By Janene Pack
The Church of Jesus Christ of Latter-day Saints is conducting the symbolic laying of the cornerstones at the Nauvoo Temple Sunday, Nov. 5, at noon in Nauvoo, Illinois.
“We want to imitate, insofar as possible, what was done at the original cornerstone laying on April 6, 1841,” said President Gordon B. Hinckley of the LDS Church in a recent news release.
The reenactment of the cornerstone ceremony for the Nauvoo temple is significant, said Kim Farah, spokesperson for the LDS Church.
This is because the temple itself is being constructed to look exactly like the original temple built on the same site in Nauvoo, Ill. in the early 1840s, she said.
The reconstruction of the Nauvoo Temple has been in progress for the last several months.
The original temple was completed in 1846, but was destroyed by fire when the Latter-day Saints were driven from Illinois.
Participating in the ceremony will be general authorities of the church, as well as local leaders and women of the church’s Relief Society, according to the news release.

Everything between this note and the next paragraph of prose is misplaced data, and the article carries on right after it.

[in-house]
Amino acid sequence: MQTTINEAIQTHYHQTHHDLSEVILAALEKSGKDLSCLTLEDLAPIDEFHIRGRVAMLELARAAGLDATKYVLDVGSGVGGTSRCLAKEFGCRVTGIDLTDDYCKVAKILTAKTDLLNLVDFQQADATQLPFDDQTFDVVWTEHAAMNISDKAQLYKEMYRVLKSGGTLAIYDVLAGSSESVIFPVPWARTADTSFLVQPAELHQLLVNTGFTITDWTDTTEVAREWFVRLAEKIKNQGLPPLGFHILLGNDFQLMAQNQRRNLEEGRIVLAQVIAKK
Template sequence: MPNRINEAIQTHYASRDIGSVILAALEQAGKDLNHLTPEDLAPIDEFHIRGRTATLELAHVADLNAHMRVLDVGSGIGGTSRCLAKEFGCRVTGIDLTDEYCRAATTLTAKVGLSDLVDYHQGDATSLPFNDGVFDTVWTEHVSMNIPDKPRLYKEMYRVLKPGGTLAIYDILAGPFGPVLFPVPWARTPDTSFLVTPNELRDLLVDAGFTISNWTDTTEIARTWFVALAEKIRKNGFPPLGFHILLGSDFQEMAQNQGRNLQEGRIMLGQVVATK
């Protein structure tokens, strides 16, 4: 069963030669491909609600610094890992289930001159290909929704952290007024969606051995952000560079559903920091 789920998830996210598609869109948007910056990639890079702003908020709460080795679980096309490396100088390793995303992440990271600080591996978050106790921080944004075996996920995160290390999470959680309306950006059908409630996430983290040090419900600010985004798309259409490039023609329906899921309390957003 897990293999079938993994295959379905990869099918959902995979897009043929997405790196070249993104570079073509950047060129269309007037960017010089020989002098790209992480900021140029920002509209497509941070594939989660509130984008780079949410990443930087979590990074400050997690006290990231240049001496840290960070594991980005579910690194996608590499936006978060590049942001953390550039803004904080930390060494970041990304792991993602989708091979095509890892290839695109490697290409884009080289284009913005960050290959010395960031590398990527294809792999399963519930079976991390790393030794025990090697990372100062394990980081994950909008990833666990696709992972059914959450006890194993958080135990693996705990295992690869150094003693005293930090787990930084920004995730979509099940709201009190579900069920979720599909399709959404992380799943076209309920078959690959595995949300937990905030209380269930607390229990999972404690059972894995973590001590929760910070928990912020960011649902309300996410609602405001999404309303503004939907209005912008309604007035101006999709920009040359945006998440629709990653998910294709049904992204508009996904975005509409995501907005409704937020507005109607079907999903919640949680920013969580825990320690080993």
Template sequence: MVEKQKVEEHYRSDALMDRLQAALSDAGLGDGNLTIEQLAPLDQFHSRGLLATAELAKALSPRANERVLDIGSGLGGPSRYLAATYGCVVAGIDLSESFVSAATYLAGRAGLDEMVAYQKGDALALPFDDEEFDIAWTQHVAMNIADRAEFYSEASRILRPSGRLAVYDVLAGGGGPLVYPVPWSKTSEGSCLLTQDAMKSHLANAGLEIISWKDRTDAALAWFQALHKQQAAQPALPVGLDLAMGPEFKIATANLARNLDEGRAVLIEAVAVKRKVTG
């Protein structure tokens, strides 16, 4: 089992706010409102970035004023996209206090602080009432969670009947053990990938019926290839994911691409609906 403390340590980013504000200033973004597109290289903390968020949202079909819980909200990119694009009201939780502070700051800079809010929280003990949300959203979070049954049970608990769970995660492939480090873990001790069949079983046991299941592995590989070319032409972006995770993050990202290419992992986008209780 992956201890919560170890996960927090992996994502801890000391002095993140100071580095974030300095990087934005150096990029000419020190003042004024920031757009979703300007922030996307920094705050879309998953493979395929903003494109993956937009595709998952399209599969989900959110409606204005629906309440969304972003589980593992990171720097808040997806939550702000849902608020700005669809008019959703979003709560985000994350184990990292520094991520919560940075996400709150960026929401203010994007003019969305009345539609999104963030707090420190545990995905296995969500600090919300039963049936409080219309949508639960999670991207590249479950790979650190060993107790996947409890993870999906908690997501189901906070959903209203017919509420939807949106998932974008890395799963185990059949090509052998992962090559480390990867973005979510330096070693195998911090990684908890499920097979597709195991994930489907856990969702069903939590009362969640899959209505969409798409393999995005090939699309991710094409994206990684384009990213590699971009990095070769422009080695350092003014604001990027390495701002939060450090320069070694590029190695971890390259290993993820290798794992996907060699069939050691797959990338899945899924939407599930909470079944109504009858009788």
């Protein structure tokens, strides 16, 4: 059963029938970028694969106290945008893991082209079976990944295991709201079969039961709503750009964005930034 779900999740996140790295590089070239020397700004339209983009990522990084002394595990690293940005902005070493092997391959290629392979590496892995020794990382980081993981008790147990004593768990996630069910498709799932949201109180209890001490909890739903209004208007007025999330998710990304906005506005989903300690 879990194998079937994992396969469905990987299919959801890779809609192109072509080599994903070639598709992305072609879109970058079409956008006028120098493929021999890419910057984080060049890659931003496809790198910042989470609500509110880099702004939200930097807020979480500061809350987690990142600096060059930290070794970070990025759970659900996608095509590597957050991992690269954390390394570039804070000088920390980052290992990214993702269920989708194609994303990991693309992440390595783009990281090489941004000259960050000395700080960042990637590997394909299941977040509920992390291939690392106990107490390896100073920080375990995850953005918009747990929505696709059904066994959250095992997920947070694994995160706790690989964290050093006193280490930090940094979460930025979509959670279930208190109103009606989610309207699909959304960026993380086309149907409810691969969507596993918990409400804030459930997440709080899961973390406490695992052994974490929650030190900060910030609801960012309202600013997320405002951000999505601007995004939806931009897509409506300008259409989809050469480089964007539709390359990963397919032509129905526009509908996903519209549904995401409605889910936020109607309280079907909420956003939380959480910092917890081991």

LDS Church officials have declined comment on the details of the ceremony and if President Hinckley would attend.
Four stones will be set in place, one at each corner, Farah said.
There will also be a choir of missionaries from the Nauvoo Mission and another choir composed of LDS Church members from the temple district who will sing hymns from the first hymnal of the church, she said.
The block upon which the temple sits is an active construction site, not yet landscaped as it will be for the dedication services, which will occur sometime in 2002, according to the news release.
For this reason, attendance at the cornerstone ceremony will be limited primarily to those who live in the immediate area.